Many companies aren’t just looking at Android and iOS – they’re hitting Linux, Mac, Windows and just about anything they can get their hands on. Users love an app they can sync on all their computers, phones, and tablets. Having all of their documents, lists, videos – or whatever your app does – available on all devices is a very good user feature.
11. Getting the Word Out
Kickstarter, Reddit, app stores, TechCrunch, review sites – there are thousands of ways to promote your app. The main thing to remember is not to rush it. Beta test. Work out the bugs. Once the word is out, you may only get one chance to captivate users. Once you’re ready, here are 25 free ways to promote your app.
12. Crap App Copycats
The crap app crisis is real. You make a cool app like Flappy Bird, and the next thing you know there are a hundred variants of flappy everything. The game mechanics, graphics and style will all be copied the second you get remotely popular. Don’t let this get you down, just make sure there are ways you can stay ahead of the curve. Add new levels, adapt the story, put out sequels, and foster the user base. If you leave them to fend for themselves and leave them hanging, the crap apps will swallow them up. If it’s a productivity app, constantly developing new features will go a long way.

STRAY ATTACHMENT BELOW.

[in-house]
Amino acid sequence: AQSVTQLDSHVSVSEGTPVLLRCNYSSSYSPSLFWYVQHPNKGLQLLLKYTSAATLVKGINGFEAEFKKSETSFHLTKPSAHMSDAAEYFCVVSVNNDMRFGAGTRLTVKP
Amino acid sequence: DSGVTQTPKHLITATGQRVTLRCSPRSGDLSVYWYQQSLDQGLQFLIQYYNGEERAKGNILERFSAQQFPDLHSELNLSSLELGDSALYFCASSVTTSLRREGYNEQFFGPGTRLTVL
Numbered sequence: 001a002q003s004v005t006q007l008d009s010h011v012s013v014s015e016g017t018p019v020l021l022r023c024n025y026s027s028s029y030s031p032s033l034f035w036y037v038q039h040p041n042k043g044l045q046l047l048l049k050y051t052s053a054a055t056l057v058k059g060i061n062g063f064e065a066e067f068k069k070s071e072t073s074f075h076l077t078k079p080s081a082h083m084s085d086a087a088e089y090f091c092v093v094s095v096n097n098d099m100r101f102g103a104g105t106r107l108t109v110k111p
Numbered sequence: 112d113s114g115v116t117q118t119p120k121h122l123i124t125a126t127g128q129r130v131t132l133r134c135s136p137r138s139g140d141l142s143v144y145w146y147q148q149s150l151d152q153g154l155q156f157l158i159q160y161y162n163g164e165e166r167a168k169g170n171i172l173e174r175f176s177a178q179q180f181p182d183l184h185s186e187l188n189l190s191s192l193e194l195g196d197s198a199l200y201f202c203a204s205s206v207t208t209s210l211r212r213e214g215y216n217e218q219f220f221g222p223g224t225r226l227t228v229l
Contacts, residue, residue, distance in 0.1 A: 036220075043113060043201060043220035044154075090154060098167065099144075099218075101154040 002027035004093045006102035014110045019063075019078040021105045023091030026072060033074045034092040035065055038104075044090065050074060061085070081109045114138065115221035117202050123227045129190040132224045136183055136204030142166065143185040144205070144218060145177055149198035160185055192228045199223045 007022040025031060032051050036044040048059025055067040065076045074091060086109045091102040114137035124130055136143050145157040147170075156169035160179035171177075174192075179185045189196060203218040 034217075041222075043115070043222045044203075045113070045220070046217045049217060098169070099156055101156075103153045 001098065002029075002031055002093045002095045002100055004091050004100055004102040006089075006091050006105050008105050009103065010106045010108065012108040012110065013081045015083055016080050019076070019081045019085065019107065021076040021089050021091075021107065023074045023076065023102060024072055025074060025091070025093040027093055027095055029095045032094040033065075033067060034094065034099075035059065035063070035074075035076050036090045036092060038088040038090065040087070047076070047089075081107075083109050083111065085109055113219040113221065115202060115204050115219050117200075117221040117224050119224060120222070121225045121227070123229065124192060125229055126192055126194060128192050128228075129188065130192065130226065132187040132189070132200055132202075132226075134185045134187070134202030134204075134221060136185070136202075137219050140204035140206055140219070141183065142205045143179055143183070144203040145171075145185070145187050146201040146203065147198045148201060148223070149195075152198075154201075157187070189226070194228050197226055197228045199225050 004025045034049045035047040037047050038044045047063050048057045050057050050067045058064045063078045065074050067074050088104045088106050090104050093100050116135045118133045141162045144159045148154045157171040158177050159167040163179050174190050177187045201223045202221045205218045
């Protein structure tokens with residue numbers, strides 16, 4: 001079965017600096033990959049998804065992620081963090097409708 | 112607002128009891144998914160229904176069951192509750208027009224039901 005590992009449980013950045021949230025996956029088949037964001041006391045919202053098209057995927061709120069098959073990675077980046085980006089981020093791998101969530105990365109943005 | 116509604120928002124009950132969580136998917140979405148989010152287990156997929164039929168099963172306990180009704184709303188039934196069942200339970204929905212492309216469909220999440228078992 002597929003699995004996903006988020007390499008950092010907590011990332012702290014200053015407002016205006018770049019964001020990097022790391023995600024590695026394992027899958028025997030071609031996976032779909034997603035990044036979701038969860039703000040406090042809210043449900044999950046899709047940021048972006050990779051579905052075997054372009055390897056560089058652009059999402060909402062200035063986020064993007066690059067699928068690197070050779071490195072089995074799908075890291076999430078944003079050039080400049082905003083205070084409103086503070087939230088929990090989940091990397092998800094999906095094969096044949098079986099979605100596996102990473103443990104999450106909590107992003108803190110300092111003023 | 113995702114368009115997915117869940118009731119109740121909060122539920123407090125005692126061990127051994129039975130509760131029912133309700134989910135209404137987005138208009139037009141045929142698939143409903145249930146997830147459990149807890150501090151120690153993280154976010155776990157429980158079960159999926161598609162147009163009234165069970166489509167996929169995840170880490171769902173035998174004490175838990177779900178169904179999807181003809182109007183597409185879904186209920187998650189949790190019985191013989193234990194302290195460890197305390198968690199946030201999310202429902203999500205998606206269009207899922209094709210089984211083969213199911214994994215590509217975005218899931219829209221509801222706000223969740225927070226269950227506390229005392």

13. The Cloud
Will your app sync with the cloud? If so, you need to consider all the previous points about network speed, security and performance. You’ll also need all the hardware and servers that goes with cloud syncing – and the security that goes with them! Use Amazon’s storage system (or other providers) to help control scale and costs at the start. Many major companies do this to help with the scalability issue that can pop up from unknown demand.
14. Future-Proofing Your App
This is a tough one. If you’re lucky, Apple will let you know about the cool new things in the next iOS version well before it launches. What about 2 or 3 years down the road? It’s almost impossible to future-proof. There’s simply too much that can change. It’s entirely unpredictable. The best way to future-proof is to have a solid development and revue cycle. Apps that get stuck in the past, are generally left there. You need to be able to adapt and change. Set regular meetings with your team (or yourself) which focus solely on the future.
15. Split-screen Development
iOS introduced the split screen, will it affect you? If you’re lucky, it won’t. If you’re building a game you can generally just cross it off your list. Most other apps will need to at least consider how your users will use the app alongside other apps. It’s not complicated, but it does raise some interesting user experience possibilities you need to think about. This will also likely evolve over the coming versions as well. You’ll want to stay up to date on Apple’s best practices for split screen development.